Daniel Dunn was about to sign a lease for a Honda Fit last year when a detail buried in the lengthy agreement caught his eye.
Honda wanted to track the location of his vehicle, the contract stated - according to Dunn - a stipulation that struck the 69-year-old Temecula, California, retiree as a bit odd. But Dunn was eager to drive away in his new car and, despite initial hesitation, he signed the document, a decision with which he has since made peace.
"I don't care if they know where I go," said Dunn, who makes regular trips to the grocery store and a yoga studio in his vehicle. "They're probably thinking, 'What a boring life this guy's got'."
Dunn may consider his everyday driving habits mundane, but auto and privacy experts suspect that big automakers like Honda see them as anything but. By monitoring his everyday movements, an automaker can vacuum up a massive amount of personal information about someone like Dunn, everything from how fast he drives and how hard he brakes to how much fuel his car uses and the entertainment he prefers. The company can determine where he shops, the weather on his street, how often he wears his seat belt, what he was doing moments before a wreck - even where he likes to eat and how much he weighs.
Though drivers may not realise it, tens of millions of American cars are being monitored like Dunn's, experts say, and the number increases with nearly every new vehicle that is leased or sold.
The result is that carmakers have turned on a powerful spigot of precious personal data, often without owners' knowledge, transforming the automobile from a machine that helps us travel to a sophisticated computer on wheels that offers even more access to our personal habits and behaviors than smartphones do.
"The thing that car manufacturers realise now is that they're not only hardware companies anymore - they're software companies," said Lisa Joy Rosner, chief marketing officer of Otonomo, a company that sells connected-car data, sharing the profits with automakers. "The first space shuttle contained 500,000 lines of software code, but compare that to Ford's projection that by 2020 their vehicles will contain 100 million lines of code. These vehicles are becoming turbocharged spaceships if you think of them from a purely horsepower perspective."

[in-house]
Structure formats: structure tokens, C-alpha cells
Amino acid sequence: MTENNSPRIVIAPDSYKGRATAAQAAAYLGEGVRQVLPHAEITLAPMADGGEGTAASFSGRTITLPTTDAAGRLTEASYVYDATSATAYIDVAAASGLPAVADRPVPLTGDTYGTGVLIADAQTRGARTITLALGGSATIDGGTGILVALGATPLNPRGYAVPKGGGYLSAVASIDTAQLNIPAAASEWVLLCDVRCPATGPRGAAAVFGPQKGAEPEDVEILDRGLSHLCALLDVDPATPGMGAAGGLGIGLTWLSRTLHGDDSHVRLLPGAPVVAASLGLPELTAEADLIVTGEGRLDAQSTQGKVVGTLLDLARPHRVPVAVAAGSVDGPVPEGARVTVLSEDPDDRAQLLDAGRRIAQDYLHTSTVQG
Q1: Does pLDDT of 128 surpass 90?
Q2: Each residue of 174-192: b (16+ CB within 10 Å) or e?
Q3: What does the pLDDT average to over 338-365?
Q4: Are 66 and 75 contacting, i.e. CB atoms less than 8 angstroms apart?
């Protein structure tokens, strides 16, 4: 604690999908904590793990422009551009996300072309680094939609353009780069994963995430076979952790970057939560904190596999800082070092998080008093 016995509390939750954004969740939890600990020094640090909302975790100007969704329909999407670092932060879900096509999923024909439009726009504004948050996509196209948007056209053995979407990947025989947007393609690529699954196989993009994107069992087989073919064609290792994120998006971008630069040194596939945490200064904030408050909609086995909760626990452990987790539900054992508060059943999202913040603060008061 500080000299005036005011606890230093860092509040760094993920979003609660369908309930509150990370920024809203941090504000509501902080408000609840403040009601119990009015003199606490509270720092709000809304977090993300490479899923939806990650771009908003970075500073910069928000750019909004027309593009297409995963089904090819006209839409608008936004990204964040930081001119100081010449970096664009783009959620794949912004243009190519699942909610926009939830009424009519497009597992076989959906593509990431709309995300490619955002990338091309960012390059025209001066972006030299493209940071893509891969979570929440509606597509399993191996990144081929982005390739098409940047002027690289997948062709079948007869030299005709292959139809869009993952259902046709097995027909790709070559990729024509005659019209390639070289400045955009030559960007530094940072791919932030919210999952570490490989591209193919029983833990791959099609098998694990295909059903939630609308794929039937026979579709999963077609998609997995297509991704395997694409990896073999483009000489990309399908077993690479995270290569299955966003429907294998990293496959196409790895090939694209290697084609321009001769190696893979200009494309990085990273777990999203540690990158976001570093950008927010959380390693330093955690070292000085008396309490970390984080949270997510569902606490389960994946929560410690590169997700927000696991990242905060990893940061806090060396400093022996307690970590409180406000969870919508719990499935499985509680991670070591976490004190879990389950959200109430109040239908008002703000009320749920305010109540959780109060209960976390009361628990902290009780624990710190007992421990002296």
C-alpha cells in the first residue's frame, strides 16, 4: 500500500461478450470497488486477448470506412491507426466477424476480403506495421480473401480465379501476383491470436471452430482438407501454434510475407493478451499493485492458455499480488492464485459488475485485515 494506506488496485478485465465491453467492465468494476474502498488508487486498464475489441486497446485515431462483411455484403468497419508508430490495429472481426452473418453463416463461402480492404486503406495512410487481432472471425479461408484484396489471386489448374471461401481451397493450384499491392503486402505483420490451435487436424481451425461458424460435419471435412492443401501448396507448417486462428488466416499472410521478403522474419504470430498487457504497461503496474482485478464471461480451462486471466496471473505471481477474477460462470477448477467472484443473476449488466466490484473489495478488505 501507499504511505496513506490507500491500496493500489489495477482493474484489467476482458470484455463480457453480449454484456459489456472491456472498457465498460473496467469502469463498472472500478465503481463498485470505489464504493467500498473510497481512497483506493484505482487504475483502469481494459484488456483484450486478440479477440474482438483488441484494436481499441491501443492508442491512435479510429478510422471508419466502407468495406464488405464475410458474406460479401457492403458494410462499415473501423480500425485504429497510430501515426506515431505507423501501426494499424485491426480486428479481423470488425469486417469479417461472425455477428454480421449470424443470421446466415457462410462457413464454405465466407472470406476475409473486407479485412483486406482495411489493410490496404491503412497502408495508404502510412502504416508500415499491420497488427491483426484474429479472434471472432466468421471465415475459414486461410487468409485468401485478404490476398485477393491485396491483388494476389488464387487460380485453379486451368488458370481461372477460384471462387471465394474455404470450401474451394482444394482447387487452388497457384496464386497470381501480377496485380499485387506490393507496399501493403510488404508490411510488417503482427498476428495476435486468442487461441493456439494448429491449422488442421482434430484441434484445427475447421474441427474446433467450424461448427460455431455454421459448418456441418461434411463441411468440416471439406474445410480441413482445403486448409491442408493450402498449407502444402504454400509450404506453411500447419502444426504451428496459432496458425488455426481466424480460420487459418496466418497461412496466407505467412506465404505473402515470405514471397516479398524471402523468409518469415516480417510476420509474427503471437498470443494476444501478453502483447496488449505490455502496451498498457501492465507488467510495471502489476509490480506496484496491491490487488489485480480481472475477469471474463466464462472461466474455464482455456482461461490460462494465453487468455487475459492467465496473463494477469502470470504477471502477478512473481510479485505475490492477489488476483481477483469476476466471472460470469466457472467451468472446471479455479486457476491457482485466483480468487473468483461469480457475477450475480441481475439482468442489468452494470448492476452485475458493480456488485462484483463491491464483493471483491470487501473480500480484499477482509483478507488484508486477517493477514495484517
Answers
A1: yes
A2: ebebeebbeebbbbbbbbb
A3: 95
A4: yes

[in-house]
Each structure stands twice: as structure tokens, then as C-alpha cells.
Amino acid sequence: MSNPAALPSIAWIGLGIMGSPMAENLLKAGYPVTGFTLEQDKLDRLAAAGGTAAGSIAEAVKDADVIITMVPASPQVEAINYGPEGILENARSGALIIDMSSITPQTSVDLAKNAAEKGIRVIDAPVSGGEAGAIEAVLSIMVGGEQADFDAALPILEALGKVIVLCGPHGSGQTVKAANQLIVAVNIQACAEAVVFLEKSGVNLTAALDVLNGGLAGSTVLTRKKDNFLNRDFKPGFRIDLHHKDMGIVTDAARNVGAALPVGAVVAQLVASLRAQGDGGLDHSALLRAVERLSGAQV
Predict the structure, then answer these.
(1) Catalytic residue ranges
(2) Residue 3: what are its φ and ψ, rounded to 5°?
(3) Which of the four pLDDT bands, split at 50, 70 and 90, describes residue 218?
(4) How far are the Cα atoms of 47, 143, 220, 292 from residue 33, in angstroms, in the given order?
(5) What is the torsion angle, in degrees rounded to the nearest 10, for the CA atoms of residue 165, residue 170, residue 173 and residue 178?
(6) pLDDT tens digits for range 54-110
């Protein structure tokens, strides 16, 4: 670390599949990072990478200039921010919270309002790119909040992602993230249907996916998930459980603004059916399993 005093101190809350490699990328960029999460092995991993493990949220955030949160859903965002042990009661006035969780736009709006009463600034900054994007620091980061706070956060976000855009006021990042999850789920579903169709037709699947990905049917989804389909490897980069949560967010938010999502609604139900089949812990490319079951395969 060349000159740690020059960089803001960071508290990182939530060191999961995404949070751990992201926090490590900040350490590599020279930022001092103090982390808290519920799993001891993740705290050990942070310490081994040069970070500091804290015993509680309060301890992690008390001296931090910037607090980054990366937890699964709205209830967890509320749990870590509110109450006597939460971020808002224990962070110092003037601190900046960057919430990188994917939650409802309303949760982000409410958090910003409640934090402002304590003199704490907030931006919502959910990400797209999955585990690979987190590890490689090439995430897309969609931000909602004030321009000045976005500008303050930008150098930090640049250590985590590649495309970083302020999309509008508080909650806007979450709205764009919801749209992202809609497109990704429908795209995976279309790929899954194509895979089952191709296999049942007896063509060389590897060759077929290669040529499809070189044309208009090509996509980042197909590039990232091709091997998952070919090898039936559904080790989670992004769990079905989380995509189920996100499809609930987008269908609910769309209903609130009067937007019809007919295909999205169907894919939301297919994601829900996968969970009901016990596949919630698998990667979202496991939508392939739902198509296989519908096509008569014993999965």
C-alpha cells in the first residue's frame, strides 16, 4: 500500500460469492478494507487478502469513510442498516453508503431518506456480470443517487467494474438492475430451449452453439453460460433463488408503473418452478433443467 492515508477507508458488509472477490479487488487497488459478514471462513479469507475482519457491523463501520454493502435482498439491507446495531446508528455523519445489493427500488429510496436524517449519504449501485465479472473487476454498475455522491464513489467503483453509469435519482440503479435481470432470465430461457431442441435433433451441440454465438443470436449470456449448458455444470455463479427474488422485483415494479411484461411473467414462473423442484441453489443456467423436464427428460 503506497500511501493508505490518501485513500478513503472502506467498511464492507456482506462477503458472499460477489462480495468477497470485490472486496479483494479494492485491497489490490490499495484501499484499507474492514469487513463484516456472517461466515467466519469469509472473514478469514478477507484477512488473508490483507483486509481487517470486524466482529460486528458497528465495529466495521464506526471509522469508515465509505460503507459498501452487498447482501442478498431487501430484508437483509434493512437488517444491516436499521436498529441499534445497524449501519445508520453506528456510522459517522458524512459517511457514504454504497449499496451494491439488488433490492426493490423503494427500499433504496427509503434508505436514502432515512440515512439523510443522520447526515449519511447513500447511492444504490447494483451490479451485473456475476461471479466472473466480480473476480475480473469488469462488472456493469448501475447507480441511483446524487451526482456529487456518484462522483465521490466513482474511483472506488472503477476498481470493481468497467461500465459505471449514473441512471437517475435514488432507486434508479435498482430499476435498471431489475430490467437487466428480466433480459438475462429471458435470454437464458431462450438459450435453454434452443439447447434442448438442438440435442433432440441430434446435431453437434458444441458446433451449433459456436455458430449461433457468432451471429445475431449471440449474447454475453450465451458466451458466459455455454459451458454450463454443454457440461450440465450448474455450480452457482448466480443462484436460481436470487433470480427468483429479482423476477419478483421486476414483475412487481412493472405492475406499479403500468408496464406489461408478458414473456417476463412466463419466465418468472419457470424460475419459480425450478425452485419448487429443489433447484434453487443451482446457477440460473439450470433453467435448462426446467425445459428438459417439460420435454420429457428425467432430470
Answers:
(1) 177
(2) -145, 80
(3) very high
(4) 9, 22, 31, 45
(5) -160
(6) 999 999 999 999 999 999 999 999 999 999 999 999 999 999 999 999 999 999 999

Automakers say they collect customer data only with explicit permission, though that permission is often buried in lengthy service agreements. They argue that data is used to improve performance and enhance vehicle safety. The information that is gathered, they add, will soon be able to reduce traffic accidents and fatalities, saving tens of thousands of lives.
There are 78 million cars on the road with an embedded cyber connection, a feature that makes monitoring customers easier, according to ABI Research. By 2021, according to the technology research firm Gartner, 98 percent of new cars sold in the United States and in Europe will be connected, a feature that is also being highlighted this week here at the North American International Auto Show in Detroit.
After being asked on multiple occasions what the company does with collected data, Natalie Kumaratne, a Honda spokeswoman, said that the company "cannot provide specifics at this time." Kumaratne instead sent a copy of an owner's manual for a Honda Clarity that notes that the vehicle is equipped with multiple monitoring systems that transmit data at a rate determined by Honda.
Connecting cars to computers is nothing new. Vehicles have relied on computerized systems since the 1960s, mostly in the form of diagnostic systems that remind drivers to check their engines and "event data recorders," which capture accident data and are considered the "black boxes" of automobiles.
What's changed in recent years is not only the volume and precision of that data but how it's being extracted and connected to the Internet, according to Lauren Smith, who studies big data and cars as the policy counsel at the Future of Privacy Forum.
"Before, devices that generate data would stay on the car, but there are new ways for that information to be communicated off the vehicle," Smith said, referring to diagnostic services such as Verizon Hum, Zubie and Autobrain that connect cars to the Internet using a "key" or dongle that plugs into a vehicle. These services provide drivers and companies with everything from trip histories to maintenance issues.
Though the automotive industry still collects less personal information than the financial, health-care or education industries, experts say, it doesn't take much to jeopardize customers' privacy.
Some privacy experts believe that with enough data points about driver behavior, profiles as unique as fingerprints could be developed. But it's location data, experts say, that already has the greatest potential to put customers at risk.